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« Doing business the way your customers want to do business | Main | Theory of Constraints in public education »

October 12, 2005


Marianne Powers

Find out what he believes the situation is. Show him another point of view. If what he believes about what is happening changes, his behavior will change instantly.

Coda Hale

I agree with Adrian.

A "devil's advocate" is not someone to isolate, but someone who needs to feel that their creative input is accepted. I wrote an article on how to understand devil's advocates based on something Kathy Sierra wrote over at Creating Passionate Users:

It's easy to think of the people at the focus of a conflict as the cause of a conflict, but it's misleading. Conflict is systemic and contextual, and by limiting your analysis to just one person ("Is she a bad apple or a lost soul?") you're overlooking the contributions of the group (and yourself) to this conflict.

In short, you're creating a scapegoat, and while that's effective in the short term ("Thank god she's gone, now we can get work done") it doesn't solve the problem in the long-term. It's a team problem, and it needs a team solution.

Skip Angel


I agree that this person has different values. In fact, he probably does feel that others are "morons". However, is it a healthy team environment to always have the clashing? I think it is very healthy for team members to come from different perspectives, but they also must have the flexibility to go with the flow of the team in order to make progress. Otherwise, every discussion becomes a battle. And we all know you should choose your battles wisely!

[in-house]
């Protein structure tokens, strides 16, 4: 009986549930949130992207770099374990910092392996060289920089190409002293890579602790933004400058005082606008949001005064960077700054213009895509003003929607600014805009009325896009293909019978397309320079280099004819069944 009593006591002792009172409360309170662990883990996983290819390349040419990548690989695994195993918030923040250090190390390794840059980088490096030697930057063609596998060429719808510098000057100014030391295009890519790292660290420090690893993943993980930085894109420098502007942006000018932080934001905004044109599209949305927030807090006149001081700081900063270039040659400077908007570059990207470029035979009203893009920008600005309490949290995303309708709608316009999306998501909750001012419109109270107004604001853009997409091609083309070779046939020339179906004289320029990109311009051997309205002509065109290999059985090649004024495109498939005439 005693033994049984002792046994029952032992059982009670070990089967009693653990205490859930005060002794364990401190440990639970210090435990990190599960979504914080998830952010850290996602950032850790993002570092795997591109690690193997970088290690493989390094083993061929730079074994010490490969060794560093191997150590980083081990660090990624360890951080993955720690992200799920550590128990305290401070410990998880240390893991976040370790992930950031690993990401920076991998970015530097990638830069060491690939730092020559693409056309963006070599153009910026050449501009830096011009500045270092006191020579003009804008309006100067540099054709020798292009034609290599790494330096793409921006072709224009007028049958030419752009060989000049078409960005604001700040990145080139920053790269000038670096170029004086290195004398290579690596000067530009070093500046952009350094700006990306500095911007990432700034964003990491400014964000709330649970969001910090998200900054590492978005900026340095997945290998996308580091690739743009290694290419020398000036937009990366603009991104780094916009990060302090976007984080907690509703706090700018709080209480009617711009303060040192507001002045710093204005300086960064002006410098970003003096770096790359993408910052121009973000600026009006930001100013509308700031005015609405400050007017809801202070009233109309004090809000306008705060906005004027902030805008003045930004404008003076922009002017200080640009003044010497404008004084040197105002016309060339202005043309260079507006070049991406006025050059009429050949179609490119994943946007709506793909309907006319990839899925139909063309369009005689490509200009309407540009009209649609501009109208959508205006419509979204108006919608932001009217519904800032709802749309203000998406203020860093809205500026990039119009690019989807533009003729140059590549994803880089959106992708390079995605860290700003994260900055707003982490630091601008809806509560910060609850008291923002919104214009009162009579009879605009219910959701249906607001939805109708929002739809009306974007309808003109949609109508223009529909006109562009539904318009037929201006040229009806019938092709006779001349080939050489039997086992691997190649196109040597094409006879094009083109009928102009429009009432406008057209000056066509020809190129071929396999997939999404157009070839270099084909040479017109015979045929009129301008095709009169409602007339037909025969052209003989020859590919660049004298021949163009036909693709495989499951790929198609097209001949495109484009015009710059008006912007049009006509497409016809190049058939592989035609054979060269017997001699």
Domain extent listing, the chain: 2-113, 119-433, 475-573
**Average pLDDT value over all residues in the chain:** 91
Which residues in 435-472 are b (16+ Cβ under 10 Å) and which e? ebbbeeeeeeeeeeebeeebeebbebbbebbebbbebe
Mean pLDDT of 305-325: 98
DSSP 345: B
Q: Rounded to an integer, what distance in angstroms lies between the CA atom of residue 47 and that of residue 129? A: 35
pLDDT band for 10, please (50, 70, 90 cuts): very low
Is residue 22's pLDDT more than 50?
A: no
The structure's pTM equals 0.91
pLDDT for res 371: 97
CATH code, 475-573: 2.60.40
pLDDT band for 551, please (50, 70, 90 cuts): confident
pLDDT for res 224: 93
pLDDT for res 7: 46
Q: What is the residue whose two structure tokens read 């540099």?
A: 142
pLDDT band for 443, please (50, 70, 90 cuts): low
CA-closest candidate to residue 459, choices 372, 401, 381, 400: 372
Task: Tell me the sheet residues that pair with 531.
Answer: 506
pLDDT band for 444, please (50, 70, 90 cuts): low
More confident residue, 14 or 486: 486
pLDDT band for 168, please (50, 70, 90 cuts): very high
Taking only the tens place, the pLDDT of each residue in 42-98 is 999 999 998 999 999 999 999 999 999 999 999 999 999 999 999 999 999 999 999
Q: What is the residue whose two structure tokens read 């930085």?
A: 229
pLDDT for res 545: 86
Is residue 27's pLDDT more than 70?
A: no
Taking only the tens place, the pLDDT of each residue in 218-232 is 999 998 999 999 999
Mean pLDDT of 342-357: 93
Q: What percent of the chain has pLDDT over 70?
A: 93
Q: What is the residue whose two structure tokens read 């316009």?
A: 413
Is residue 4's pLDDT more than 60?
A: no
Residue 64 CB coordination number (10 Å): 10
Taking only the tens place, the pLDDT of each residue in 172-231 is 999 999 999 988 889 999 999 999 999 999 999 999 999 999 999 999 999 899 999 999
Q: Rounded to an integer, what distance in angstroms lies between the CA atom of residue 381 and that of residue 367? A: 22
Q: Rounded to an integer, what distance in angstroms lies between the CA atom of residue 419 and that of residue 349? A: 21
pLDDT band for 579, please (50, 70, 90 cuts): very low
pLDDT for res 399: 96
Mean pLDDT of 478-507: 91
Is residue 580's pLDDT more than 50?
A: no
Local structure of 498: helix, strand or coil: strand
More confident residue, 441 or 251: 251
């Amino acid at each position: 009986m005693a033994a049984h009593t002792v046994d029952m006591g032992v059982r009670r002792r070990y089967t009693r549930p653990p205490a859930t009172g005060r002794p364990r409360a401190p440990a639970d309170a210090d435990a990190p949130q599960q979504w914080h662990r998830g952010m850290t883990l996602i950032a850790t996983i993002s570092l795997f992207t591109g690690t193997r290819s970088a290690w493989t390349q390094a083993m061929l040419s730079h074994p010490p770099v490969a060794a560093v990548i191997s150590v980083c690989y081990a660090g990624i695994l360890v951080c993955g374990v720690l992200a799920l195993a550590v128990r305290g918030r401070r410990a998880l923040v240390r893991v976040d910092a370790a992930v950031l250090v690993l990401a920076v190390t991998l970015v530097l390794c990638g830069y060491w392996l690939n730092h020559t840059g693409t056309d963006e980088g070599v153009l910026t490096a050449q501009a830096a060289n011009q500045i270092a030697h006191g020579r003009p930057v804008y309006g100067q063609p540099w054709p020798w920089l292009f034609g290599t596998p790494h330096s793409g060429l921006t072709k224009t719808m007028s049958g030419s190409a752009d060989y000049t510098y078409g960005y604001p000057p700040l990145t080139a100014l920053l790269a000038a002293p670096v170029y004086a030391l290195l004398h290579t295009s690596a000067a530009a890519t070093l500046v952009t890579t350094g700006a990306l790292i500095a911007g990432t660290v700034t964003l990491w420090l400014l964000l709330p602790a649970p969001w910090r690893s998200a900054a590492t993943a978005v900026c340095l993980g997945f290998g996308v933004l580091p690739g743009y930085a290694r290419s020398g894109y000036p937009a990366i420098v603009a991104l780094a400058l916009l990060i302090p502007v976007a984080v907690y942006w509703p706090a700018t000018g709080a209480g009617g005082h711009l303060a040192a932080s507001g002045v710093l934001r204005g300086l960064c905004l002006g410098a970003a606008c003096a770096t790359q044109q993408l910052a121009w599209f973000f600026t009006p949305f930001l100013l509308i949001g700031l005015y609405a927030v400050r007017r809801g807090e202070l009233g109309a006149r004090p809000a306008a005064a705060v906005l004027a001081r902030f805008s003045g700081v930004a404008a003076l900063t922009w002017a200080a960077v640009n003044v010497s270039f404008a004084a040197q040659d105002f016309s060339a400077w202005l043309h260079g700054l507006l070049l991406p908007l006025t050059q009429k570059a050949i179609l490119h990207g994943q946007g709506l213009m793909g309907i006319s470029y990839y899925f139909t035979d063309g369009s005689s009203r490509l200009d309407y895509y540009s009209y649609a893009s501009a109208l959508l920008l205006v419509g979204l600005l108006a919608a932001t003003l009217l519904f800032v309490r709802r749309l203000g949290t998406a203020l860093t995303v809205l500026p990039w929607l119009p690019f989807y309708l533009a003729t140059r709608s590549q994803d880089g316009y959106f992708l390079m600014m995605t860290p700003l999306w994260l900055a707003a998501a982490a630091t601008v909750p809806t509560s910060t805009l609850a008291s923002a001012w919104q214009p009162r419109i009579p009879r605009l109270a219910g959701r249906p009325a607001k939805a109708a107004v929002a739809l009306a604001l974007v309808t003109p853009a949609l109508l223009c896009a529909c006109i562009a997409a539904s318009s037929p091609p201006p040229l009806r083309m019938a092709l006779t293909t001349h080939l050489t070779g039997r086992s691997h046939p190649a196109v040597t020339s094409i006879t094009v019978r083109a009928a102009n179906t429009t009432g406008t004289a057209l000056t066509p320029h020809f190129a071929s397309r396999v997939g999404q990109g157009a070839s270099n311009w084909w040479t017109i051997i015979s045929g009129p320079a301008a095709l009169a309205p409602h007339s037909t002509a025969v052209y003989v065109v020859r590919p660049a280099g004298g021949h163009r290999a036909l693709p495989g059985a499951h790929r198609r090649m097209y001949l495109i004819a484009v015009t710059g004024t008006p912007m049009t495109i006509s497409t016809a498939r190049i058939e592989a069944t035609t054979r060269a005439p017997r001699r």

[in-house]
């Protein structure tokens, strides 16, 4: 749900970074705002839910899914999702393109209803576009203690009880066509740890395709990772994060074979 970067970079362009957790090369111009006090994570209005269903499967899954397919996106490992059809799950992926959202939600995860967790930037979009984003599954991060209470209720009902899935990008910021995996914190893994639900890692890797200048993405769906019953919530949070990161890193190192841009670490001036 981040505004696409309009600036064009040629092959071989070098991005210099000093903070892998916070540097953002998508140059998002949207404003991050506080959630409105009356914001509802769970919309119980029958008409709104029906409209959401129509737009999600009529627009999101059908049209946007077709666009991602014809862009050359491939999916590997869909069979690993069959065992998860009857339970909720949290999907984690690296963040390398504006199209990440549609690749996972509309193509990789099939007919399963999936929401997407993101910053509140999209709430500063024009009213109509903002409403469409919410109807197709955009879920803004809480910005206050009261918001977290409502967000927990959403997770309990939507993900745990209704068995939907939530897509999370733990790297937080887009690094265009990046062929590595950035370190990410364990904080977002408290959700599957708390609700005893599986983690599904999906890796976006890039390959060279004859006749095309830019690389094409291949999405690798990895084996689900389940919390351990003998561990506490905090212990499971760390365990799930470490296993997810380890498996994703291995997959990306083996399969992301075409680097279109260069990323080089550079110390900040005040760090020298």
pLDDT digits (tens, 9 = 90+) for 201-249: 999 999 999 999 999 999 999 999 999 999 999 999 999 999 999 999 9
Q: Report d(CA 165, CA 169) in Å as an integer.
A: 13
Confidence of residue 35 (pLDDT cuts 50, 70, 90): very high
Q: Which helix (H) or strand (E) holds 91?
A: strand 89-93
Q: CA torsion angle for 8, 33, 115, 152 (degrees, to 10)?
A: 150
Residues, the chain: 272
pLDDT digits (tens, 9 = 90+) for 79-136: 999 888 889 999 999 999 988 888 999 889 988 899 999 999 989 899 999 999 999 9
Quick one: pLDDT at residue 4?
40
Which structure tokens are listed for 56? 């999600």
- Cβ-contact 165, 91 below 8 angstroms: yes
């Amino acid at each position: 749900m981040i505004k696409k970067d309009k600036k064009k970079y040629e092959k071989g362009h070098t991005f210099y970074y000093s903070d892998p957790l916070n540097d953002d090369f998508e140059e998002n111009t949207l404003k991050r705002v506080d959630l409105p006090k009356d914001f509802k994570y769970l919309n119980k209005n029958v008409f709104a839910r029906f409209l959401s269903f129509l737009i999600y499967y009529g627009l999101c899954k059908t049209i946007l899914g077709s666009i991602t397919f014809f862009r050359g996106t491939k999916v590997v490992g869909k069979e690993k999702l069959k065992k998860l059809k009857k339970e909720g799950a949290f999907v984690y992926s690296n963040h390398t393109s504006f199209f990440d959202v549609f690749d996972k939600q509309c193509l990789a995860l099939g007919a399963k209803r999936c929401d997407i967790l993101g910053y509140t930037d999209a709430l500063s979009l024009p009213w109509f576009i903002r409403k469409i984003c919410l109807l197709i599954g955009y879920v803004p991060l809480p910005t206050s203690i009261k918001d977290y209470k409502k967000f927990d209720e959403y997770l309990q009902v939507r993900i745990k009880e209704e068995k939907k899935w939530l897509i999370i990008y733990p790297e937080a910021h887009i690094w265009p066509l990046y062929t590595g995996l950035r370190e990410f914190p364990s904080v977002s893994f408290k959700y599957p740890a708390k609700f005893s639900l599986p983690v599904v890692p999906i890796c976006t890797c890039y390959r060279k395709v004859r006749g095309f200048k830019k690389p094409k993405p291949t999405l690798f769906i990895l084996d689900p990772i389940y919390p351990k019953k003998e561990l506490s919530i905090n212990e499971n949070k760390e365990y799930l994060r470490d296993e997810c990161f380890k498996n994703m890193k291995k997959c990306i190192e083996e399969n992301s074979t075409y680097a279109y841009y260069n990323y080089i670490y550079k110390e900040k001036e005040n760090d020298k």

Adrian Savage

This person simply has different values than others. Not worse; not wrong; just different. It seems unfair to treat him like some kind of pariah.

If you took some time to understand how the situation looks from his point of view, instead of rushing to judgment, you'd discover a simple truth: people always have a reason for whatever they do. From their point of view, it's a sensible reason, even if it isn't from the point of view of the people round about them. Until you understand their reason, you have only a random chance of any action being helpful.

My guess is the reason has something to do with the tendency of "ordinary" people to treat creative types as freaks, because they value things the ordinary people don't (like complexity, curiosity or imagination). Add the fact that many "bright people" treat the rest of the human race as something close to morons and you have all the ingredients for a major clash of values.

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